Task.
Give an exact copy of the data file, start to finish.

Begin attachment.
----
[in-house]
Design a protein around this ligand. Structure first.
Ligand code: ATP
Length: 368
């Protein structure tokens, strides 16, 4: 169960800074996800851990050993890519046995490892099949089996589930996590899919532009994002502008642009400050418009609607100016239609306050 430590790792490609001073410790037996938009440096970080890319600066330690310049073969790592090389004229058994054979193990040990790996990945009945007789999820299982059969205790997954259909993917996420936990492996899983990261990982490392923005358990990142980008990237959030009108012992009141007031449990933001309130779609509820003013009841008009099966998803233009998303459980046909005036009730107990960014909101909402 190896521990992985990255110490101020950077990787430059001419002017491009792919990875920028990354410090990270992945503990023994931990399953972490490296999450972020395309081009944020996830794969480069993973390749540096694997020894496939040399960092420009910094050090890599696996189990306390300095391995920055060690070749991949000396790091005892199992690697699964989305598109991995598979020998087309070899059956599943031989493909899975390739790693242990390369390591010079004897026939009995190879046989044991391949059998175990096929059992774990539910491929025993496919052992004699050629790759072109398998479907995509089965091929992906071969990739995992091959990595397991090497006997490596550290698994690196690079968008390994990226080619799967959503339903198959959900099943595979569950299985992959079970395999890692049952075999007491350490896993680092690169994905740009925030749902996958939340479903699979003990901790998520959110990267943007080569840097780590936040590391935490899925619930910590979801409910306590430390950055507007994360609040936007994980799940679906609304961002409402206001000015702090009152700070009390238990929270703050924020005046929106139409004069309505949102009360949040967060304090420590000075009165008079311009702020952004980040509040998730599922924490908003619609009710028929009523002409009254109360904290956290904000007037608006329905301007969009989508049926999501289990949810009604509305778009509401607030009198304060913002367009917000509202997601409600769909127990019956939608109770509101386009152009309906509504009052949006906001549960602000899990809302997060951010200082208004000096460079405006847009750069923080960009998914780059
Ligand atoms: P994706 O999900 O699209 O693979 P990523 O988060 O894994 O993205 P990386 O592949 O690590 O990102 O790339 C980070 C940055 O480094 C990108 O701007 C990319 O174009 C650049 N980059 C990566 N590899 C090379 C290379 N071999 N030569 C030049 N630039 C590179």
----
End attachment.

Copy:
[in-house]
Design a protein around this ligand. Structure first.
Ligand code: ATP
Length: 368
């Protein structure tokens, strides 16, 4: 169960800074996800851990050993890519046995490892099949089996589930996590899919532009994002502008642009400050418009609607100016239609306050 430590790792490609001073410790037996938009440096970080890319600066330690310049073969790592090389004229058994054979193990040990790996990945009945007789999820299982059969205790997954259909993917996420936990492996899983990261990982490392923005358990990142980008990237959030009108012992009141007031449990933001309130779609509820003013009841008009099966998803233009998303459980046909005036009730107990960014909101909402 190896521990992985990255110490101020950077990787430059001419002017491009792919990875920028990354410090990270992945503990023994931990399953972490490296999450972020395309081009944020996830794969480069993973390749540096694997020894496939040399960092420009910094050090890599696996189990306390300095391995920055060690070749991949000396790091005892199992690697699964989305598109991995598979020998087309070899059956599943031989493909899975390739790693242990390369390591010079004897026939009995190879046989044991391949059998175990096929059992774990539910491929025993496919052992004699050629790759072109398998479907995509089965091929992906071969990739995992091959990595397991090497006997490596550290698994690196690079968008390994990226080619799967959503339903198959959900099943595979569950299985992959079970395999890692049952075999007491350490896993680092690169994905740009925030749902996958939340479903699979003990901790998520959110990267943007080569840097780590936040590391935490899925619930910590979801409910306590430390950055507007994360609040936007994980799940679906609304961002409402206001000015702090009152700070009390238990929270703050924020005046929106139409004069309505949102009360949040967060304090420590000075009165008079311009702020952004980040509040998730599922924490908003619609009710028929009523002409009254109360904290956290904000007037608006329905301007969009989508049926999501289990949810009604509305778009509401607030009198304060913002367009917000509202997601409600769909127990019956939608109770509101386009152009309906509504009052949006906001549960602000899990809302997060951010200082208004000096460079405006847009750069923080960009998914780059
Ligand atoms: P994706 O999900 O699209 O693979 P990523 O988060 O894994 O993205 P990386 O592949 O690590 O990102 O790339 C980070 C940055 O480094 C990108 O701007 C990319 O174009 C650049 N980059 C990566 N590899 C090379 C290379 N071999 N030569 C030049 N630039 C590179």